Bruce's Naval Aviation Page

VA-192  A7 Corsair IIs somewhere over the North Arabian Sea.  They are                            attached to USS Ranger CV-61.  (1983-84)


In September, 1969, I reported to NAS Pensacola, Florida a freshly commissioned Ensign, United States Navy.  I progressed through the Naval Aviation training program, flying the T-34B at NAS Saufley Field, Pensacola, the T-2 "Buckeye" at NAS Meridian, Mississippi, and the TF-9J Cougar at NAS Chase Field, Beeville, Texas.  I was awarded my naval aviator wings on May 4, 1971.


TF-9J Cougars over South Texas, 1972

I was encouraged to stay in NAS Chase Field as an instructor pilot in Training Squadron 25 (VT-25).  I found out quickly that to really learn your trade, you must teach it.  I was an instructor pilot in both the TF-9J and the TA4-J Skyhawk, instructing in all phases of advanced jet training.


In June, 1973, I reported to Attack Squadron 122, the Navy's west coast
replacement training squadron for the A7E Corsair II.  The A7E Corsair was
purchased by the Navy to replace the A4 Skyhawk.  The Corsair is a rugged
aircraft, capable of carrying heavy weapons loads, but more important, she
was equipped with an inertial navigation and weapons delivery computing
system that greatly increased the probability bombs would hit the target.

While the A7E radar featured a terrain following mode, and could deliver bombs on radar alone, the workload for one pilot was heavy as the A7 TFR patch above humorously illustrates.

  In February, 1974, after completing replacement pilot training, I reported to
Attack Squadron 192, the "World Famous Golden Dragons."  The Dragons
were deployed to the Western Pacific at the time.



VA-192 Corsair II landing on USS Kitty Hawk (CV-63) circa 1975.  The pilot must maintain precise control over glideslope, airspeed, and lineup to ensure the tailhook touches down on deck in an area of approximately twenty feet wide by thirty feet long.  If the pilot does                 everything correctly, he receives a grade of "OK, Three Wire."

   An aviation squadron on deployment is like a family.  You are thrown
together in close proximity for 6-8 months.  You work together, play together,
take your meals together, etc.  You establish friendships that last a lifetime.

A naval aviator's life is not all flying.  Aircraft carriers, especially, need a cadre of experienced aviators to fill the jobs necessary to maintain and run a floating airfield.  I joined the USS Ranger, CV-61, in 1978 as a catapult and arresting gear officer.  While it was hard and physically demanding work - often the working days were 14-16 hours long or more - it was one of the most rewarding jobs I ever held.

                                                                For more on USS Ranger, click on above image.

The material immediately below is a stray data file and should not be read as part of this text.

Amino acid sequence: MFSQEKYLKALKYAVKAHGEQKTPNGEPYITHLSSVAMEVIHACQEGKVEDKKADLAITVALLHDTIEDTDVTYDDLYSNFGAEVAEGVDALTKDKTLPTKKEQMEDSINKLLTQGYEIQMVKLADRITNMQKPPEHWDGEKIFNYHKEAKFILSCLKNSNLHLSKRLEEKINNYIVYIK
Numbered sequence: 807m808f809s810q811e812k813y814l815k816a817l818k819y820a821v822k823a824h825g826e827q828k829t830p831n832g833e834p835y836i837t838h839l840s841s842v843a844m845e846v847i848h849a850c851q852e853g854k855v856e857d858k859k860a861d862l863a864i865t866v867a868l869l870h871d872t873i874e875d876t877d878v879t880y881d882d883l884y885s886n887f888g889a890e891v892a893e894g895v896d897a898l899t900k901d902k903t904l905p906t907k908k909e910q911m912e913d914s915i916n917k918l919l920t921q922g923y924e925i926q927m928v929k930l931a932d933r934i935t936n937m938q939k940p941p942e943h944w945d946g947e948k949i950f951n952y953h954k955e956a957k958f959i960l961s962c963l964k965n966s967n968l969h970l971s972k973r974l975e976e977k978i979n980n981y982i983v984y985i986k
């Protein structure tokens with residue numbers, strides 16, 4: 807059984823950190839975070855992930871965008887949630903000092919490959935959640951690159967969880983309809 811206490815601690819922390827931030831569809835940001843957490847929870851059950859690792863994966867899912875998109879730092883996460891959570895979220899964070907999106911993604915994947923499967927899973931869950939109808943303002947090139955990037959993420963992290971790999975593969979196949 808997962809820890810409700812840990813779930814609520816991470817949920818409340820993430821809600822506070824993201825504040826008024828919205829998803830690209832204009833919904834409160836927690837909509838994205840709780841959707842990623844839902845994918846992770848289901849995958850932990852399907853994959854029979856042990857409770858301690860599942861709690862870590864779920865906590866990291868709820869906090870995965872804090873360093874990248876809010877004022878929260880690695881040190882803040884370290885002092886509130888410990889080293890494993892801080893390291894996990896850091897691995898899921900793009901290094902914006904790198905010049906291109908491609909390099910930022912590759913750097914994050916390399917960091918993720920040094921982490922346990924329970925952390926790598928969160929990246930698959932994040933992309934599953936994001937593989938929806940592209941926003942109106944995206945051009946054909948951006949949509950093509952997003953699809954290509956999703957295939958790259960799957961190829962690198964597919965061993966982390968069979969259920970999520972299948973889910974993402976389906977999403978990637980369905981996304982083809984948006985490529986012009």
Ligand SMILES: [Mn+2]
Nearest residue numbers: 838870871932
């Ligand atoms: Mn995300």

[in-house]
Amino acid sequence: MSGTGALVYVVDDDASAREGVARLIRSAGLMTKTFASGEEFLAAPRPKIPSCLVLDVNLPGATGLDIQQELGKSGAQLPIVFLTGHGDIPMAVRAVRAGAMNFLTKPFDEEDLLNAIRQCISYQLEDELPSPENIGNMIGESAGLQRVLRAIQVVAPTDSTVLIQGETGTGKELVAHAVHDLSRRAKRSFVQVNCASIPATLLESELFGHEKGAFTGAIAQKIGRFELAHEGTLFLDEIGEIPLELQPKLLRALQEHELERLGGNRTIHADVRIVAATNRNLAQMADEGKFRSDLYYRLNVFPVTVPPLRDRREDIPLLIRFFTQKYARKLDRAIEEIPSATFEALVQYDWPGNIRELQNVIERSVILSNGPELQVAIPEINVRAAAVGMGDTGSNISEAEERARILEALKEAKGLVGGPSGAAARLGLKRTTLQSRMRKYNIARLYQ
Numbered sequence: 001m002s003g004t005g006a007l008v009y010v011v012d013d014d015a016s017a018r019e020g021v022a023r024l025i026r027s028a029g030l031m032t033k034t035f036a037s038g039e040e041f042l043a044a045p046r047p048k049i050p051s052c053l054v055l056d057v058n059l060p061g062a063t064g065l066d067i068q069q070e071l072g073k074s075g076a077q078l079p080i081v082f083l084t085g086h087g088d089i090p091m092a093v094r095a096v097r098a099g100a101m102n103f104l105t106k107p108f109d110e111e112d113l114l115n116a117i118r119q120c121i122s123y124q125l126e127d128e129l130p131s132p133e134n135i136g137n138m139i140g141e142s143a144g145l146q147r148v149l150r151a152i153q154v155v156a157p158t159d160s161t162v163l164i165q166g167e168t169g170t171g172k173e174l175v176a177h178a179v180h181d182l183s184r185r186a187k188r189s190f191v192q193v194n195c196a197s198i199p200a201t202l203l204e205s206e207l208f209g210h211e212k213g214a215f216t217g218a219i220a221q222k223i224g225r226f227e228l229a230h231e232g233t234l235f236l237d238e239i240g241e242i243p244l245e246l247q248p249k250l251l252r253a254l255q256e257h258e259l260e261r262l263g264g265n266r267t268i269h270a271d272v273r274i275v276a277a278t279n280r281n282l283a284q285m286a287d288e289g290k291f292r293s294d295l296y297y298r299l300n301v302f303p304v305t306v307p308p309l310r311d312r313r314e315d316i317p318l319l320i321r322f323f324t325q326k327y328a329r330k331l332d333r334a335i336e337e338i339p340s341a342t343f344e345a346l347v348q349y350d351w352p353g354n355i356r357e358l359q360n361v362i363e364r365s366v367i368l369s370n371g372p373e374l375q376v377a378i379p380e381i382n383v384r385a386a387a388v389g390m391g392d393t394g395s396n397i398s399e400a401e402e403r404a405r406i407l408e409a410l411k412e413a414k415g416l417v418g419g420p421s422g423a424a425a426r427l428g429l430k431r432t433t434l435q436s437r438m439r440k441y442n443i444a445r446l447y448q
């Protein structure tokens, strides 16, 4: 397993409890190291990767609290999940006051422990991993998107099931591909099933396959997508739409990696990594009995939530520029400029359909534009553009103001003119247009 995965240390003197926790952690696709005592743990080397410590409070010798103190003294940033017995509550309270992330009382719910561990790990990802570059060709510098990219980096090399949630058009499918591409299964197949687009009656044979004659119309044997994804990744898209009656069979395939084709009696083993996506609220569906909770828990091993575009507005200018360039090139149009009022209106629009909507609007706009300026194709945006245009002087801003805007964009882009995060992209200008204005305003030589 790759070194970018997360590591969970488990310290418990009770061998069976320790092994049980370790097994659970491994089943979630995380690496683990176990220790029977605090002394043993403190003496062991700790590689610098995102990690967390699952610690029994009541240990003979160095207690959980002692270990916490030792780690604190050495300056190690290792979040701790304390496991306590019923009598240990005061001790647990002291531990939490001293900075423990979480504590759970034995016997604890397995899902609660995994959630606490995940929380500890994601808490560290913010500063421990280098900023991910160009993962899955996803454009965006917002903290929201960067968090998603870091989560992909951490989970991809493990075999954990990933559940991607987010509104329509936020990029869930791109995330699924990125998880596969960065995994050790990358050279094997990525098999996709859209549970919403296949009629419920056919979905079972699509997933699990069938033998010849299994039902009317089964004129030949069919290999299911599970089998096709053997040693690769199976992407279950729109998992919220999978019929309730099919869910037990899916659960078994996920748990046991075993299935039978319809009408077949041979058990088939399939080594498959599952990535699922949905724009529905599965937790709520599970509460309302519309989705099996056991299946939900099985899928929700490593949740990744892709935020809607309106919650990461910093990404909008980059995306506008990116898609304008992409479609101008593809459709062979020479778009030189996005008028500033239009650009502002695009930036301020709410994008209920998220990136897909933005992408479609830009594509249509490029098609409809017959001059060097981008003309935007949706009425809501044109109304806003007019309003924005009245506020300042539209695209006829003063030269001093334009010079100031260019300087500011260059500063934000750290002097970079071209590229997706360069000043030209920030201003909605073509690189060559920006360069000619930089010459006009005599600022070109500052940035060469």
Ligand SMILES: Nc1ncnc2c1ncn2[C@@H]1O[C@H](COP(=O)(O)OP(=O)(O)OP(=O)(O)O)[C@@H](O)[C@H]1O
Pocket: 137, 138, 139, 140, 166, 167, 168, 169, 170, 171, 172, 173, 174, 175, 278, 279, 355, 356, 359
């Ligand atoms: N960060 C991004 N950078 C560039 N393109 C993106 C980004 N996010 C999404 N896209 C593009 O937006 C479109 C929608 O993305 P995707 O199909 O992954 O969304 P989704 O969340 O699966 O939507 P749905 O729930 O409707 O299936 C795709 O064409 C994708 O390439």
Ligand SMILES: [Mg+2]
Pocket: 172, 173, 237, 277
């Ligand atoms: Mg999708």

After leaving the Ranger, I spent a short tour as an A7 instructor pilot in
VA-122 before reporting back to VA-192 in August, 1982.  I was extremely
happy to be back in my old squadron.  It was reminiscent of the old British
Army tradition where an officer or soldier could spend his entire life in one

  USS Ranger (CV-61)The 1983-84 deployment embarked on the USS Ranger had its mark on history.  The Ranger was sailing off the coasts of Iran and Saudi Arabia when the United States Marine Corps lost over 200 marines killed by a truck bomb at their barracks in Beirut, Lebanon.  Because Iran was suspected of supporting the truck bombing financially and with other resources, the Ranger and her embarked air wing were extended in the North Arabian sea.  Ranger would not make landfall until after 121 continuous days at sea, the longest period ever for a conventionally powered aircraft carrier.  I believe it was Ranger and her airwing's presence that kept the region quiet and stable.

In May, 1985, I left VA-192 and reported to USS Enterprise (CVN-65) as her Air Operations Officer.  I and my division were responsible for carrier air traffic control within 50 nautical miles of the ship, and coordinating air traffic control conflict resolution with international and United States air traffic control agencies.

 During Enterprise's 1986 deployment, she and her battle group sailed across the Pacific Ocean, the Indian Ocean, the North Arabian Sea, the Red Sea, the Suez Canal, and the Mediterranean Sea.  Enterprise returned to California via the Straits of Gibraltar, the southern tip of Africa, and back through the Indian and Pacific Oceans.  On Enterprise's return trip, she and her escorts Arkansas and Truxtun maintained an average sustained speed of 25 knots, thanks to nuclear power.

 After leaving Enterprise in 1987, I reported to the Navy's Pacific Missile Test Center, Point Mugu, CA, where I had the opportunity to fly my old friend the Corsair II.  It was a sad day in September, 1989, when I flew my last flight in the Corsair.  When I retired a week later, my logbook recorded over 3,600 accident free flight hours, over 1,600 in the Corsair.  I made over 330 carrier arrested landings on USS Lexington (CVT-16), USS Coral Sea (CV-43), USS Kitty Hawk (CV-63), USS Oriskany (CVA-34), and USS Ranger (CV-61). 

It was fun while it lasted.   

Bruce Stanton
Commander, USN-Ret.
Served Sept. 5, 1969 to Oct. 1, 1989



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